Hypoprothrombinemia from Other Causes

Phytonadione is used in the treatment of hypoprothrombinemia secondary to factors limiting absorption or synthesis of Vitamin K. Although dietary sources of vitamin K are usually adequate (except during the first 5-8 days of the neonatal period), deficiency can occur in infants who are breast-fed and in patients receiving prolonged hyperalimentation, as well as in the presence of malabsorption syndromes such as sprue, celiac disease, ulcerative colitis, regional enteritis, cystic fibrosis, prolonged diarrhea, obstructive jaundice, internal biliary fistula, dysentery, and after extensive bowel resection. Diagnosis of vitamin K deficiency may be based on tests for vitamin K-dependent clotting factors (e.g., prothrombin time, which is sensitive to the levels of factors II, VII, and X) or on a therapeutic trial of phytonadione.

Phytonadione may also be valuable in restoring normal clotting time in hypoprothrombinemia induced by salicylates, sulfonamides, quinine, quinidine, or broad-spectrum antibiotic therapy, when it is definitely caused by interference with vitamin K activity. If possible, discontinuance or reduction of the dosage of drugs interfering with the coagulation mechanism should be used as an alternative to phytonadione therapy.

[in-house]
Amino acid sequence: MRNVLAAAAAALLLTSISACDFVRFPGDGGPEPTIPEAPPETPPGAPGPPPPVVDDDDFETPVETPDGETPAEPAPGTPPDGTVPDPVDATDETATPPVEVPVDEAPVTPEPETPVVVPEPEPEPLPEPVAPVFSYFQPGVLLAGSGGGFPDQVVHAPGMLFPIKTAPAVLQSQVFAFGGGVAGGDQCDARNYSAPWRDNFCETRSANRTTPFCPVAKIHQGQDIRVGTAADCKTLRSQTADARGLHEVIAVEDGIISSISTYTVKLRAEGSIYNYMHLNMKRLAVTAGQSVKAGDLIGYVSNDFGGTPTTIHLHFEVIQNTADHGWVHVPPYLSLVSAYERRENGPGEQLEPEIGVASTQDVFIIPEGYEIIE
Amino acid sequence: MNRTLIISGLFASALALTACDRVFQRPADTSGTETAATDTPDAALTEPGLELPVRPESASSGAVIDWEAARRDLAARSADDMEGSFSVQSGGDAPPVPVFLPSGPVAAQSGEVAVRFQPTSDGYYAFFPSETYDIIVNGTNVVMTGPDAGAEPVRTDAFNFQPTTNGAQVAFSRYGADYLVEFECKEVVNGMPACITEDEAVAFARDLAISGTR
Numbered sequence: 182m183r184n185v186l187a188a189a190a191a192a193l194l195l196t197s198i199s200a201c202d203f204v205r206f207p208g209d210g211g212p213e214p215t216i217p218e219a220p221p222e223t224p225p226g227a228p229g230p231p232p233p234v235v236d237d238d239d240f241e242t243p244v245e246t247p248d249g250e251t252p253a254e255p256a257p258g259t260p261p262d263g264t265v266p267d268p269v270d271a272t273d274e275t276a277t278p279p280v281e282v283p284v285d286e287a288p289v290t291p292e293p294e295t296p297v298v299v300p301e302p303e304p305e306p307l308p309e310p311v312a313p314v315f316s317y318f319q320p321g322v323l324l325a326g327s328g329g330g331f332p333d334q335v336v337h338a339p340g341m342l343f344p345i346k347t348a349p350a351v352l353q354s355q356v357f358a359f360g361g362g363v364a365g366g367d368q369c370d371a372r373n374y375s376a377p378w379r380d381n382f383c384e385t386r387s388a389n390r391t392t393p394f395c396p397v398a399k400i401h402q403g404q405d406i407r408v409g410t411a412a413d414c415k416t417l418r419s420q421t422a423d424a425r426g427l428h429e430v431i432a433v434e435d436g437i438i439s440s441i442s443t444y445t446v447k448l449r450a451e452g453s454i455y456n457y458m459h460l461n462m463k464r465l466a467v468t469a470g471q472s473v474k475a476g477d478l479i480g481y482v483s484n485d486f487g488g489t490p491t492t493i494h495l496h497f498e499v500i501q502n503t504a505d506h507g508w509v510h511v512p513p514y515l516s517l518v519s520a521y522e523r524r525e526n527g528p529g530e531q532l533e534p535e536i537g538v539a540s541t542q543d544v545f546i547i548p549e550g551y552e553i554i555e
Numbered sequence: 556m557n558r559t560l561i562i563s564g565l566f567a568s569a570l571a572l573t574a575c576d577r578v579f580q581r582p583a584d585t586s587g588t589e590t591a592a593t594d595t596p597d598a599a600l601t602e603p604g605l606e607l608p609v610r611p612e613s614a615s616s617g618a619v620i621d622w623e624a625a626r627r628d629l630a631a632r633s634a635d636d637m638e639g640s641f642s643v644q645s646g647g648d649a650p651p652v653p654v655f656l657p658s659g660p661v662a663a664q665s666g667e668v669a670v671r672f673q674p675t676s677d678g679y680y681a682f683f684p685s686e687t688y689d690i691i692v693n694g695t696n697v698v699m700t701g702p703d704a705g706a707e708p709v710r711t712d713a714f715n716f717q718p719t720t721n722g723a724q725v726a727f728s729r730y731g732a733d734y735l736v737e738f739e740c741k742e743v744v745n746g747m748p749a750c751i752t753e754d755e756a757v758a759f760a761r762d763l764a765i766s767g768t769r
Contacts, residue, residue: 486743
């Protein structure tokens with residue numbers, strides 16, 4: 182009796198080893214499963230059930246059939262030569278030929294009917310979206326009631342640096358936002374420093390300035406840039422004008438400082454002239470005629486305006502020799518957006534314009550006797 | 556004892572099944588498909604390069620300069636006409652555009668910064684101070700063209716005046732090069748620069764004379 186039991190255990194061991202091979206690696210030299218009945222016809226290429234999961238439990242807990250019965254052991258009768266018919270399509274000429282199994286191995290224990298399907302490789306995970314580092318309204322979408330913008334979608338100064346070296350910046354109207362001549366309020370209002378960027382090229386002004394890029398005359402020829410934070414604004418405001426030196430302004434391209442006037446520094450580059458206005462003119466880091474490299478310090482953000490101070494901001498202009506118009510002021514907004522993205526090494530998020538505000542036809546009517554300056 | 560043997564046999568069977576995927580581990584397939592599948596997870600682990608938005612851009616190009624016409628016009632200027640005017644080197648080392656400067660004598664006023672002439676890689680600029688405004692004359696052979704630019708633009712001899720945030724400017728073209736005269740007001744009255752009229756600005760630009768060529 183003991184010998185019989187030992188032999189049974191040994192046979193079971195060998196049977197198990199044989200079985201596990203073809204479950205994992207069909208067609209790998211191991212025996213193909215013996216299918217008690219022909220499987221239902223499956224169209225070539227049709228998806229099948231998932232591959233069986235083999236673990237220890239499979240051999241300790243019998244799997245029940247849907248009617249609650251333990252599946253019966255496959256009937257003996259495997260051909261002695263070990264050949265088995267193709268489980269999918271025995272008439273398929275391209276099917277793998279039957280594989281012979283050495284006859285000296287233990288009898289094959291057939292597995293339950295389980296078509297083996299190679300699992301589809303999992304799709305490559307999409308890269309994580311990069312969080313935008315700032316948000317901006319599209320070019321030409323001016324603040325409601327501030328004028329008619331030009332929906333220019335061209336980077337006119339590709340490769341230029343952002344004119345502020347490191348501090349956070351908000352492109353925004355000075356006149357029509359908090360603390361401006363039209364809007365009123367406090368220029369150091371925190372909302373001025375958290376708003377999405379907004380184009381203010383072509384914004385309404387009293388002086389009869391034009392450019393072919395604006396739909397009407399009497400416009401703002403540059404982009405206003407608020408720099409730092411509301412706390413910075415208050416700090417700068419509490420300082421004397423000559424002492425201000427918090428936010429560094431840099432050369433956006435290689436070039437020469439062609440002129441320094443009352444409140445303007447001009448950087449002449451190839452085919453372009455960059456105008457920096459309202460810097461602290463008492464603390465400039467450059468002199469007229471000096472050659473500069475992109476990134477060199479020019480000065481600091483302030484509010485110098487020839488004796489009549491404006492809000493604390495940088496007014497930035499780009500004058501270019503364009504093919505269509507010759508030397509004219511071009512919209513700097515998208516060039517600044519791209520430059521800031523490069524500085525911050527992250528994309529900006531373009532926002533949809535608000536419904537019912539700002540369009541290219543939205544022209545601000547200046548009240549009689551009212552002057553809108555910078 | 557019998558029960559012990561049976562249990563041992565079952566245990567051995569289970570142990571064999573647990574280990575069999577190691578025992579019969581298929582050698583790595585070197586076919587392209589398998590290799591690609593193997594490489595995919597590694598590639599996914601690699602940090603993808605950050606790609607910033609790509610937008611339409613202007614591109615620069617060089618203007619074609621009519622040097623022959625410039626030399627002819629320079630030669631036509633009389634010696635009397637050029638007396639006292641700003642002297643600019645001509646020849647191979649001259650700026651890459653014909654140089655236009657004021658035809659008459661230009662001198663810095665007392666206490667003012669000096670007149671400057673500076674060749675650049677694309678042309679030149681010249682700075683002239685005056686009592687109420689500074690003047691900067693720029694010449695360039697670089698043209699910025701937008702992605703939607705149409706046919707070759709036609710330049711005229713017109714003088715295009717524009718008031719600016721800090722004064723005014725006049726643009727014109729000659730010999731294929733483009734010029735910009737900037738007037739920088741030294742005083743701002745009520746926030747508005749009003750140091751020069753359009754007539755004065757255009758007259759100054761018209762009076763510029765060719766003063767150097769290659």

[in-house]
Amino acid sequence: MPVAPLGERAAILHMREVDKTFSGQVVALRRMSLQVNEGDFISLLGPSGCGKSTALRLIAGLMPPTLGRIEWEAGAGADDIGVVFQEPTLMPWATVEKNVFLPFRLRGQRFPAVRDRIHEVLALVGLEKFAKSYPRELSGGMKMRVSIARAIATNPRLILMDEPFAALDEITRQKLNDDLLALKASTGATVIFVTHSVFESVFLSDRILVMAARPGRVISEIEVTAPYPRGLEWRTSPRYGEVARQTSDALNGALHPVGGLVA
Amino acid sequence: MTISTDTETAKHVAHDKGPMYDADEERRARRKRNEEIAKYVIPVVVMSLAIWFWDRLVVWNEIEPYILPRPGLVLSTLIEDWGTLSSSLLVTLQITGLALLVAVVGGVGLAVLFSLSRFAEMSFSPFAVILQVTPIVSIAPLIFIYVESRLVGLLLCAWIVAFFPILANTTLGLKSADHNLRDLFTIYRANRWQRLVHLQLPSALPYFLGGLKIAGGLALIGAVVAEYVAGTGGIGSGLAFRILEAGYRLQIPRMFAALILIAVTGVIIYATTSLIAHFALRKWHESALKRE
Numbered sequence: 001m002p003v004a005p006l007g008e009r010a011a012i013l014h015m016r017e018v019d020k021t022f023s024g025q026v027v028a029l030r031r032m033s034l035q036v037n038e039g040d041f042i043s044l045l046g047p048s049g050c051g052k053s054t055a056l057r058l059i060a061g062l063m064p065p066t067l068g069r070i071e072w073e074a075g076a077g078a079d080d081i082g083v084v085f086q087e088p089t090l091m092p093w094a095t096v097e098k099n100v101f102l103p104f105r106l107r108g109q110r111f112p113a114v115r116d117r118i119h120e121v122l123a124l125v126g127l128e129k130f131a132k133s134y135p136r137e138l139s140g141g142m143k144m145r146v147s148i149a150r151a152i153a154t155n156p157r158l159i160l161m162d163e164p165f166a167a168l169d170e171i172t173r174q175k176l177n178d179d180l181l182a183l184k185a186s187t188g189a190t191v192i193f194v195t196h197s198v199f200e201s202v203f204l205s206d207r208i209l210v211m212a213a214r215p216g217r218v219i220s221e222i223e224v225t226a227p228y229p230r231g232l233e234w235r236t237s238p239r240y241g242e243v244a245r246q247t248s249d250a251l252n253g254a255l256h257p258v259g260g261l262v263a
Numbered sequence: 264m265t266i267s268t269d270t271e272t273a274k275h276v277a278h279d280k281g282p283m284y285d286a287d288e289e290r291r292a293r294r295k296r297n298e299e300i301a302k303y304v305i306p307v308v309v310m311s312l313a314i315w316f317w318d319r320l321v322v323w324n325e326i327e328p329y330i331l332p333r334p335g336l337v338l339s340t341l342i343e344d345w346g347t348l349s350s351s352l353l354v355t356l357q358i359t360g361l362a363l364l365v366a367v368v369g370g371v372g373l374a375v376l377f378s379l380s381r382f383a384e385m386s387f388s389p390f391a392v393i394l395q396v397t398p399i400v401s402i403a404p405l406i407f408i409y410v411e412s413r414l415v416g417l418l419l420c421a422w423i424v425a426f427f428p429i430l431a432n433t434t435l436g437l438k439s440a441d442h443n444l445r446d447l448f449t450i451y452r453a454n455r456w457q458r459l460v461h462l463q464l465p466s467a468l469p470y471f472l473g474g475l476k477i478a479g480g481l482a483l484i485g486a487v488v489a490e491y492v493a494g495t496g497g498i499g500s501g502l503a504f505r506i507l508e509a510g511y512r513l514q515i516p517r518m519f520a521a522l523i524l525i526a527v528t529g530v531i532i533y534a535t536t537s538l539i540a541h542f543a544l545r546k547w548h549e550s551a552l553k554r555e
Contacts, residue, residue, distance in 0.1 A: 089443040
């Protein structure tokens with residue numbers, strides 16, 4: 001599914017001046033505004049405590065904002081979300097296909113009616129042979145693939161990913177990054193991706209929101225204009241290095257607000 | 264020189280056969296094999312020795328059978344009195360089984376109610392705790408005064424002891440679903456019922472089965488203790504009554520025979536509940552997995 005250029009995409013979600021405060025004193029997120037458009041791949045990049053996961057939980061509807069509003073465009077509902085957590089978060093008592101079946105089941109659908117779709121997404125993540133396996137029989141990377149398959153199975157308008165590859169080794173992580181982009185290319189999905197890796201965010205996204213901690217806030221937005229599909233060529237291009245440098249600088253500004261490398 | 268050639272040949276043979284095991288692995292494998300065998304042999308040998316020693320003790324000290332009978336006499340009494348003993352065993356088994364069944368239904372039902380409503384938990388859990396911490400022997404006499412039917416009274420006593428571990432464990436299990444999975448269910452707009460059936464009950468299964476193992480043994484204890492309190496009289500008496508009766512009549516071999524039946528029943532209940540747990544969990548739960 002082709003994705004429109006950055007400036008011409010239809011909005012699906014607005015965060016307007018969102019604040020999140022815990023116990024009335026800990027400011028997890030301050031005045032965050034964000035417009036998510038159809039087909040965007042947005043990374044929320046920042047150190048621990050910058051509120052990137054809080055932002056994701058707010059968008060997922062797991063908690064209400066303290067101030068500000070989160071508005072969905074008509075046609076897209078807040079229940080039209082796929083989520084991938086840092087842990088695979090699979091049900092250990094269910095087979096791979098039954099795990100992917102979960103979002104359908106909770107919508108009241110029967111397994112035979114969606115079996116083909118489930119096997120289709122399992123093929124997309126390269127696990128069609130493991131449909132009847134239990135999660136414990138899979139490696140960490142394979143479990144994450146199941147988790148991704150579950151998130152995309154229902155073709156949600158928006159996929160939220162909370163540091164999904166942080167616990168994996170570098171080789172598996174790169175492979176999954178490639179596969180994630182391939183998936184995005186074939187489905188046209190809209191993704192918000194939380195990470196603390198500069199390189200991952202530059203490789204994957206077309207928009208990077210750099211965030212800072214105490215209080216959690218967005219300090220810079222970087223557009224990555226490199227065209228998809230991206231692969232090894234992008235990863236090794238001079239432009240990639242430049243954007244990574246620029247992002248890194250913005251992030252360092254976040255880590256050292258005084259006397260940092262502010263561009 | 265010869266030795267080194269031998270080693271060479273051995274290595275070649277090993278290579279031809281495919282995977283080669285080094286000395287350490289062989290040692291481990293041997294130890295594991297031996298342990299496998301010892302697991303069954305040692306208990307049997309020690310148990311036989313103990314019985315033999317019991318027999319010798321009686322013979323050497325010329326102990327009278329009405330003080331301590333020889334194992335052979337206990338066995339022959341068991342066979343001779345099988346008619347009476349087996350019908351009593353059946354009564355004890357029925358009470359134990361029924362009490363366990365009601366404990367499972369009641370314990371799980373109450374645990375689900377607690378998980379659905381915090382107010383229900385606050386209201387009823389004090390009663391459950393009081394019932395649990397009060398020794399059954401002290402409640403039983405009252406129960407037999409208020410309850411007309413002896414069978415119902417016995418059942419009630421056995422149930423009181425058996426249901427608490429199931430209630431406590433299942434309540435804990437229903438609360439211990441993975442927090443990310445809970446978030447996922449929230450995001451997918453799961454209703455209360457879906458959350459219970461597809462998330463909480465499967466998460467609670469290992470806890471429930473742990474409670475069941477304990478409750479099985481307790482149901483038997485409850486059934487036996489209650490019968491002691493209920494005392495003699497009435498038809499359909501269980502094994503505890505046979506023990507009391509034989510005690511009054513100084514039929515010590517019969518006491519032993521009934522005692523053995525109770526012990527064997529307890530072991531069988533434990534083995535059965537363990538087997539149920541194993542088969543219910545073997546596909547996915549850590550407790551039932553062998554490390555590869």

Phytonadione is ineffective in the treatment of hereditary hypoprothrombinemia. The drug is also ineffective in reversing hypoprothrombinemia caused by severe liver disease, and high doses may prolong the prothrombin time and aggravate the disease. Failure to respond to a test dose of phytonadione indicates a disorder that is not vitamin K-dependent, and repeated large doses of the drug are contraindicated.

Dietary Requirements